Scones originated in Scotland, and Scottish scone recipes are the best in the world. (in my opinion…lol)

The correct Scottish pronunciation is ‘skon’ which rhymes with ‘gone’, and NOT ‘skoan’ which is the English adaptation of the word.

Originally a type of flat ‘cake’, made from oats or barley meal and cooked on an open griddle or in the oven, scones have been popular in Scotland for centuries.

Typically you just have them with butter, and loads of…yummy! However, should you wish to indulge you can of course have your favourite flavour of jam too.  My preference is butter, always!

20171103_120728_001

Makes 8 individual scones

120g of Self Raising Flour

60g Melted Butter

60g Rolled Oats – (Scotts of course)

40g Caster Sugar

2 tsp baking powder

1/2 tsp salt

50g sultanas

1 egg beaten

50ml milk

 

  1. Combine flour, sugar, baking powder, oats, salt, sultanas in a bowl and make a well in the middle.                                                                                                                             20171103_111011
  2. Beat the egg until frothy then add in the melted butter and milk, mix  20171103_111015
  3. Add the wet mixture to the dry mixture and mix thoroughly until you get a dough like ball, its shouldn’t be sticky, so if it is add a little more flour.
  4. Empty onto a floured surface, roll into a ball then flatten with your hand until about 1/2 inch thick, place onto a greased backing tray and score into eight pieces.   20171103_111939
  5. Brush with a little milk to add glaze.
  6. Bake in a preheated oven for 15 minutes at 220 deg. I baked on convection bake setting to give it a lovely golden crust.           20171103_113252  20171103_113646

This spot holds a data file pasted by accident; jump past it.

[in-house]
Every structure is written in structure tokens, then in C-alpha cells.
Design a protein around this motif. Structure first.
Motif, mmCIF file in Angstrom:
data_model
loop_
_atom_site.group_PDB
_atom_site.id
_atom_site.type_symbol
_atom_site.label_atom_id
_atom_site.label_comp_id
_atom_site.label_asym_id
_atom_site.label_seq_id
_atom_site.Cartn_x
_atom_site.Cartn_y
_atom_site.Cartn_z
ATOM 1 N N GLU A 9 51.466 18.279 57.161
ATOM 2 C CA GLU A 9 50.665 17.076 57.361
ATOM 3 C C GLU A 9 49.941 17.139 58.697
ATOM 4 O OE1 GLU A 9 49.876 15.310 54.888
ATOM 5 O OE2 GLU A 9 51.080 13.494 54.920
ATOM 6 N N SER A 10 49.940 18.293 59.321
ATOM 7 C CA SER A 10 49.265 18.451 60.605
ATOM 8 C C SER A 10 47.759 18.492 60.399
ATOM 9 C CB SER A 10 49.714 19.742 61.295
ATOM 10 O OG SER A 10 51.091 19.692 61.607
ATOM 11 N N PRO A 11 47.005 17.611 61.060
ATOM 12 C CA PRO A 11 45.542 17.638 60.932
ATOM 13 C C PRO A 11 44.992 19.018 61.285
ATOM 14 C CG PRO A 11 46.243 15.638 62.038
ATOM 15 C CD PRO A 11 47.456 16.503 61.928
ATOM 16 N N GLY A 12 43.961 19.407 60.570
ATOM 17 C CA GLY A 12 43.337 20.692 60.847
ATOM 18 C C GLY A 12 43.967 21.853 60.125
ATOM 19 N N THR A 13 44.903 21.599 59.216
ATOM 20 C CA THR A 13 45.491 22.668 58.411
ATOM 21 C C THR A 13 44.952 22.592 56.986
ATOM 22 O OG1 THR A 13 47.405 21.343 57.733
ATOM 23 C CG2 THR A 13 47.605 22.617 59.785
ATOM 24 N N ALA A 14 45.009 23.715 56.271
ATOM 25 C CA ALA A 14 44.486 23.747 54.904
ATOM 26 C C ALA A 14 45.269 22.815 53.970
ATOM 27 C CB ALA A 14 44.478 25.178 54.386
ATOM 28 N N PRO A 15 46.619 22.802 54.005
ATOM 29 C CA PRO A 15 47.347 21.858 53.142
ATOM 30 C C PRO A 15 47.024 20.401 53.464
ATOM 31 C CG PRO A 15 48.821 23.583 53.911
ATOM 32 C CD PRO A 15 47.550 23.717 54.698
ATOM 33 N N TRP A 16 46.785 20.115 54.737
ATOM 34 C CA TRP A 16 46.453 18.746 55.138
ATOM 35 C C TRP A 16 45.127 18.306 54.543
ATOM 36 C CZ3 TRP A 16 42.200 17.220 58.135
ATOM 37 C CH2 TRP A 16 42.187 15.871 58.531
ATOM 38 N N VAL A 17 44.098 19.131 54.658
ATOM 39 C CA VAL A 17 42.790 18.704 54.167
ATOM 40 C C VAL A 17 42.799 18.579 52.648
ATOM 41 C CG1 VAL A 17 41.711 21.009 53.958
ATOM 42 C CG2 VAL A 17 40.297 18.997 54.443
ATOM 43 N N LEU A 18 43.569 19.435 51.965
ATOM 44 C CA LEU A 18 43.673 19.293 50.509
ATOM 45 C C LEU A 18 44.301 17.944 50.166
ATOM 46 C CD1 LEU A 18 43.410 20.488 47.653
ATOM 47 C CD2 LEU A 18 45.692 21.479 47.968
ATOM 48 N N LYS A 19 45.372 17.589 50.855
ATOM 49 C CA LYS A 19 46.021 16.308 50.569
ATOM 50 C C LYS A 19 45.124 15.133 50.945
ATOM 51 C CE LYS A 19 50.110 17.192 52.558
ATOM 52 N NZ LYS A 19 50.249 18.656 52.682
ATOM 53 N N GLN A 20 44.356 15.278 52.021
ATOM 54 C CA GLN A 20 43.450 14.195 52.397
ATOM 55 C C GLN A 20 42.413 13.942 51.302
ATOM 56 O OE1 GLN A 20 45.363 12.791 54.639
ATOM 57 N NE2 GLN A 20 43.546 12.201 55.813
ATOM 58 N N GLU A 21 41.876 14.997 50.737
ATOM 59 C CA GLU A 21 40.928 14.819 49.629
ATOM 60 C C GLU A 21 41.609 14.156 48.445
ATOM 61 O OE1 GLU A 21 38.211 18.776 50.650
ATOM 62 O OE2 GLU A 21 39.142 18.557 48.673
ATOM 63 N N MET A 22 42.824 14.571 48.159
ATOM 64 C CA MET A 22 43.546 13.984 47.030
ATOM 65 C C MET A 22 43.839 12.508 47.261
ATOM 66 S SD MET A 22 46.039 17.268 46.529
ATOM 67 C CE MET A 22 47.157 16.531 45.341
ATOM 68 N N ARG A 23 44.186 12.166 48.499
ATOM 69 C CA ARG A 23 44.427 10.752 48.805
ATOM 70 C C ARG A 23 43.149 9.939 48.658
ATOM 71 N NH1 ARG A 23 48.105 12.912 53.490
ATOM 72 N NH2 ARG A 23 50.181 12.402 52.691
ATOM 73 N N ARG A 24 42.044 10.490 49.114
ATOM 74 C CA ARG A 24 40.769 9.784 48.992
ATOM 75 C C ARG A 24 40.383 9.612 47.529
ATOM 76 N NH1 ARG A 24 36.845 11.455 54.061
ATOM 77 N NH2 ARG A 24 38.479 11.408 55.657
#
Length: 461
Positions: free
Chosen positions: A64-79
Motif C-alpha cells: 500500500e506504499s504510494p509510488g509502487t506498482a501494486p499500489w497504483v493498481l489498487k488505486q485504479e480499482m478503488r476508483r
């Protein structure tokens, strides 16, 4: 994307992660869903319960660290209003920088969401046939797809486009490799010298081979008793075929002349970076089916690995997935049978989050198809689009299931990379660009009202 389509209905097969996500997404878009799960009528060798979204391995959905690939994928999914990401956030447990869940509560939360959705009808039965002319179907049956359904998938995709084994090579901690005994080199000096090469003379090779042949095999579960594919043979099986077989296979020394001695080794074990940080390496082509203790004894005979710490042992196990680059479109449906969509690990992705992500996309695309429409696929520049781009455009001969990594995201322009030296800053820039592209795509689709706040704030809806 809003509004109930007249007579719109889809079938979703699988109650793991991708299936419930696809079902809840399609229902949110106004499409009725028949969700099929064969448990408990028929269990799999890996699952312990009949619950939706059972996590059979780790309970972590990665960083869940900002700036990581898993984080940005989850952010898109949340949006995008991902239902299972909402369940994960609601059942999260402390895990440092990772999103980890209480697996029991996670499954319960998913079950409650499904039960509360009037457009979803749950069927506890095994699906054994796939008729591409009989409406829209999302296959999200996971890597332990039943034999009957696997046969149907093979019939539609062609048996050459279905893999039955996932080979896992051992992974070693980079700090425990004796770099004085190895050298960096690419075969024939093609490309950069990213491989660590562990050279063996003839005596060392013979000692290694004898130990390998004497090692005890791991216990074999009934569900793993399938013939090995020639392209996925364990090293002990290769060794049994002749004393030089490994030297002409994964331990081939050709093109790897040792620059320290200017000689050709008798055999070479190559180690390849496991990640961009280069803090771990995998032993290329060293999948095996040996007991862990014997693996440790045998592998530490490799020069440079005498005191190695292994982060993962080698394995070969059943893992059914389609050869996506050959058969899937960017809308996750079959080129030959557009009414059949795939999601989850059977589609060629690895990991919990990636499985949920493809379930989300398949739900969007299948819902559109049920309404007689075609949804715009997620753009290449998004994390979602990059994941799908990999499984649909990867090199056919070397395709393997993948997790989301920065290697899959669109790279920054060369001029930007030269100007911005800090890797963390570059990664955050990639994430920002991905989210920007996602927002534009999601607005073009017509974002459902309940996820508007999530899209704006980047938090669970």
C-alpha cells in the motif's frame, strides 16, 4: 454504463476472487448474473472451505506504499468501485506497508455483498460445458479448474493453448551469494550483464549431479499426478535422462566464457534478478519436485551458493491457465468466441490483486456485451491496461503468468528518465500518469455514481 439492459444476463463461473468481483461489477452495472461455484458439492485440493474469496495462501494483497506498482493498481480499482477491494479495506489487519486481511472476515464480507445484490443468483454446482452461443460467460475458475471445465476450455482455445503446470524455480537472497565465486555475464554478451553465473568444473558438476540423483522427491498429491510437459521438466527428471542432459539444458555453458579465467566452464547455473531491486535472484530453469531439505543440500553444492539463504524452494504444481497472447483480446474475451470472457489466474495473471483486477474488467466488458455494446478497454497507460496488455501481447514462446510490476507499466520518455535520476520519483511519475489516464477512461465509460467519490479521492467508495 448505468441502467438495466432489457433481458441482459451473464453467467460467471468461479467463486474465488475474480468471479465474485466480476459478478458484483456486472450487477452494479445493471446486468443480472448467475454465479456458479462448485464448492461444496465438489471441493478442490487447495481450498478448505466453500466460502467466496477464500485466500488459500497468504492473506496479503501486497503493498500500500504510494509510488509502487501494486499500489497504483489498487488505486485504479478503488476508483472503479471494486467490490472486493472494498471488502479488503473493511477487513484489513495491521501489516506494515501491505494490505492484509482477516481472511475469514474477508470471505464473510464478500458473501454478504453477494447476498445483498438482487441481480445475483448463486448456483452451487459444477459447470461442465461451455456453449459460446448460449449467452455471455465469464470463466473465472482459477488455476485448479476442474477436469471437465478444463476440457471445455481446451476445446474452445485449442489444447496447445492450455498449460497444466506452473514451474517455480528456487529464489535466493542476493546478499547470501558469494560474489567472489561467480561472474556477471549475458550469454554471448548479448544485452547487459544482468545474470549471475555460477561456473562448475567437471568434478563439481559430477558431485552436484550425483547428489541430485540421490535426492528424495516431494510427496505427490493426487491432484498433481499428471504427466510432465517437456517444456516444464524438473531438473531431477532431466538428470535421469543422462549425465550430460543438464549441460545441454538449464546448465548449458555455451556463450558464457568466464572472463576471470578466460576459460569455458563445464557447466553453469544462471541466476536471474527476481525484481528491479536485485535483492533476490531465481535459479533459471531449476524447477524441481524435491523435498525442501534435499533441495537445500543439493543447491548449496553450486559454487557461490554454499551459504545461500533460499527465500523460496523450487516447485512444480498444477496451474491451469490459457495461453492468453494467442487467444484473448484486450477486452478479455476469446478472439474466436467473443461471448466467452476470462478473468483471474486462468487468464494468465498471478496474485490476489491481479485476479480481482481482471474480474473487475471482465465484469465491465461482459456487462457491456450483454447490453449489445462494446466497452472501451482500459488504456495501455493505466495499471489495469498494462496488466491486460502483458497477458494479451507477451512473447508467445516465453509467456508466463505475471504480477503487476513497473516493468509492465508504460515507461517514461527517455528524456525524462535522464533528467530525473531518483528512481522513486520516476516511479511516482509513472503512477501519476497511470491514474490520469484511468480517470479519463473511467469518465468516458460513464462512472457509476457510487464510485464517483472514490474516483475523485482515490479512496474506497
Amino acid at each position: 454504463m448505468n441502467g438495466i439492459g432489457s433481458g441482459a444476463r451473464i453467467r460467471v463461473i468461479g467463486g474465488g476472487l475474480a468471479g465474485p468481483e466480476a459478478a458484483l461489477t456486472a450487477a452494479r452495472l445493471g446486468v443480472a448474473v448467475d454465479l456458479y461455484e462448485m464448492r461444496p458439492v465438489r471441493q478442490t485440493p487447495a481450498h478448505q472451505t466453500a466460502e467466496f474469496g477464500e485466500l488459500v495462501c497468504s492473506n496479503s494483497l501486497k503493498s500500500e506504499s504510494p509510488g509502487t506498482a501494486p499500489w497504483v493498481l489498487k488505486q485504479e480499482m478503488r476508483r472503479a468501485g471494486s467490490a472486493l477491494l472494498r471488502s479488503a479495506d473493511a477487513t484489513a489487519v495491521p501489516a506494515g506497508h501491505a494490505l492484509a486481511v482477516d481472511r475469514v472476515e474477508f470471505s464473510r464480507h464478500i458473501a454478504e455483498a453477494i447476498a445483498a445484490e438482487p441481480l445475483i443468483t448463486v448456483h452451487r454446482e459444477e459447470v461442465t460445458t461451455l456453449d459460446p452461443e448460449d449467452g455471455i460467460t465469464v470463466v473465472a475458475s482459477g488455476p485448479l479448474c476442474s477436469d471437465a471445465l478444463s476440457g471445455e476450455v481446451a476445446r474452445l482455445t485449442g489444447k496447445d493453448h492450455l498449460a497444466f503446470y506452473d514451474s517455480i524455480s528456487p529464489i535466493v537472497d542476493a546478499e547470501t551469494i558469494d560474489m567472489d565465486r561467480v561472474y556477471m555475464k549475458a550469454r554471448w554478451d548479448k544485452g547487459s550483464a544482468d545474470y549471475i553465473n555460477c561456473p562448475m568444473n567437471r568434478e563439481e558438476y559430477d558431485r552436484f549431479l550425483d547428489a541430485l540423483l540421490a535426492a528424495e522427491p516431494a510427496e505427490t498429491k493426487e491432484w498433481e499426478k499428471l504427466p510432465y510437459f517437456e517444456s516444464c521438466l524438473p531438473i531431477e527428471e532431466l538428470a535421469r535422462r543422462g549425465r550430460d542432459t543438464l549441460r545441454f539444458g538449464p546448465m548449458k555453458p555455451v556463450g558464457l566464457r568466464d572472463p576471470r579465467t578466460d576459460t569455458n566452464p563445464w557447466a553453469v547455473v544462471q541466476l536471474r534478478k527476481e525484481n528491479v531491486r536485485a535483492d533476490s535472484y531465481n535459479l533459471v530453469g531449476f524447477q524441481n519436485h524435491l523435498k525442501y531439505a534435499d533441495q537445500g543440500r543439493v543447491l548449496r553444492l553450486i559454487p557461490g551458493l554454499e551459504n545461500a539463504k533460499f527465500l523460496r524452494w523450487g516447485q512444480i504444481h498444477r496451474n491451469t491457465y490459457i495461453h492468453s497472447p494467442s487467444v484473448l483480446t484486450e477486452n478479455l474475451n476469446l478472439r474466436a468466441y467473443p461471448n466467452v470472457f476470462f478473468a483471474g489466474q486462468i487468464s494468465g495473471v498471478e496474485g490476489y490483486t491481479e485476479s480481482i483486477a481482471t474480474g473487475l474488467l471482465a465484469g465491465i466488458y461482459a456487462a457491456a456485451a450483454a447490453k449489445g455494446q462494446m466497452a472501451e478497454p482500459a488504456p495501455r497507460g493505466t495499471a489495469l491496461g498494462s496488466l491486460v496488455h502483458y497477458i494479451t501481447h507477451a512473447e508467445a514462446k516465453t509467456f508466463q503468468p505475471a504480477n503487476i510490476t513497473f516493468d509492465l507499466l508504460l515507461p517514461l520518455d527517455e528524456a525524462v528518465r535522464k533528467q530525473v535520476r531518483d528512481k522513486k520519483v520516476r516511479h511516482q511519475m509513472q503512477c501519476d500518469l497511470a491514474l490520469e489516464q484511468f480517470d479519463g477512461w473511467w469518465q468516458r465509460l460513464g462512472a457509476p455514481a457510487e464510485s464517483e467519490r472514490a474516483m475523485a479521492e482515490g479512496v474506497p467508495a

7. Remove and allow to cool on a rack.
  8. Best bit…………………………add lashings of butter and devour!!!!

20171103_114837

 

 


Food & Drink Festival at Loch Lomond 2017

food-drink-header_NoDate

I had an amazing day at this years Food & Drink festival in Loch Lomond, the weather was shining, the food was cooking, the drinks were pouring and my senses were going crazy as I walk around. So many new flavours and discoveries.

My favourite were these lovely Italian Whipped Cream delights and at only 70 calories whats not to like? Caramel, Hazelnut, Baileys Cream, White Chocolate there were so many flavours to choose from.  Thank you to Ellies Cupcake Kitchen , this has given me some inspiration to try my own version……lol!

20170903_154429

It was a beautiful sunny day, the band was playing fab tunes, everyone was happy……great day. Here are some pics of my day I’d like to share with you.

20170902_194003

20170902_19363820170902_191808


Scottish Food & Drink Fortnight….best Fortnight in my calendar!

scot

I just love everything about this fortnight, it brings local & new food and drink producers together and lets us foodie’s experience exciting new culinary ideas! Visit the official website for more details Food & Drink Scotland

I am off this Saturday to visit Loch Lomond where they are hosting a whole range of food, drink and experiences, so watch this space for some new and exciting produce ideas.